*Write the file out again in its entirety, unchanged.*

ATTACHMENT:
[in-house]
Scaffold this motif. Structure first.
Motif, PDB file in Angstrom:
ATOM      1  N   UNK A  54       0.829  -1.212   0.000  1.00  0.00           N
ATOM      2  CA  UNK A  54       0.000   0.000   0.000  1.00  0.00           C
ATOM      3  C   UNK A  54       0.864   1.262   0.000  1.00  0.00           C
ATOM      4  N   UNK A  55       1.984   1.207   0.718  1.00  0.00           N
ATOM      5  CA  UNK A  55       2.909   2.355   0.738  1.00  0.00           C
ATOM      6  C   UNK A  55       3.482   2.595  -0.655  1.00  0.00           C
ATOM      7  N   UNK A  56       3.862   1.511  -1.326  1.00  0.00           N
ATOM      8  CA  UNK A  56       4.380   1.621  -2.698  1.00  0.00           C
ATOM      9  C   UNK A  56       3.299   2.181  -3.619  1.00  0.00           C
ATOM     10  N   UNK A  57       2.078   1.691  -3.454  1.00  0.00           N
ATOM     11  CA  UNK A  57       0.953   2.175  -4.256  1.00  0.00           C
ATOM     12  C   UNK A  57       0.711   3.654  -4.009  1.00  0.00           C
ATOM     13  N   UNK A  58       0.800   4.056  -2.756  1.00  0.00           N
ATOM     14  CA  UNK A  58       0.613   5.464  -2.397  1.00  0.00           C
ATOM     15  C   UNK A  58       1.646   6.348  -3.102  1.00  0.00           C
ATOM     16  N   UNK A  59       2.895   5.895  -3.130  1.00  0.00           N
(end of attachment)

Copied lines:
[in-house]
Scaffold this motif. Structure first.
Motif, PDB file in Angstrom:
ATOM      1  N   UNK A  54       0.829  -1.212   0.000  1.00  0.00           N
ATOM      2  CA  UNK A  54       0.000   0.000   0.000  1.00  0.00           C
ATOM      3  C   UNK A  54       0.864   1.262   0.000  1.00  0.00           C
ATOM      4  N   UNK A  55       1.984   1.207   0.718  1.00  0.00           N
ATOM      5  CA  UNK A  55       2.909   2.355   0.738  1.00  0.00           C
ATOM      6  C   UNK A  55       3.482   2.595  -0.655  1.00  0.00           C
ATOM      7  N   UNK A  56       3.862   1.511  -1.326  1.00  0.00           N
ATOM      8  CA  UNK A  56       4.380   1.621  -2.698  1.00  0.00           C
ATOM      9  C   UNK A  56       3.299   2.181  -3.619  1.00  0.00           C
ATOM     10  N   UNK A  57       2.078   1.691  -3.454  1.00  0.00           N
ATOM     11  CA  UNK A  57       0.953   2.175  -4.256  1.00  0.00           C
ATOM     12  C   UNK A  57       0.711   3.654  -4.009  1.00  0.00           C
ATOM     13  N   UNK A  58       0.800   4.056  -2.756  1.00  0.00           N
ATOM     14  CA  UNK A  58       0.613   5.464  -2.397  1.00  0.00           C
ATOM     15  C   UNK A  58       1.646   6.348  -3.102  1.00  0.00           C
ATOM     16  N   UNK A  59       2.895   5.895  -3.130  1.00  0.00           N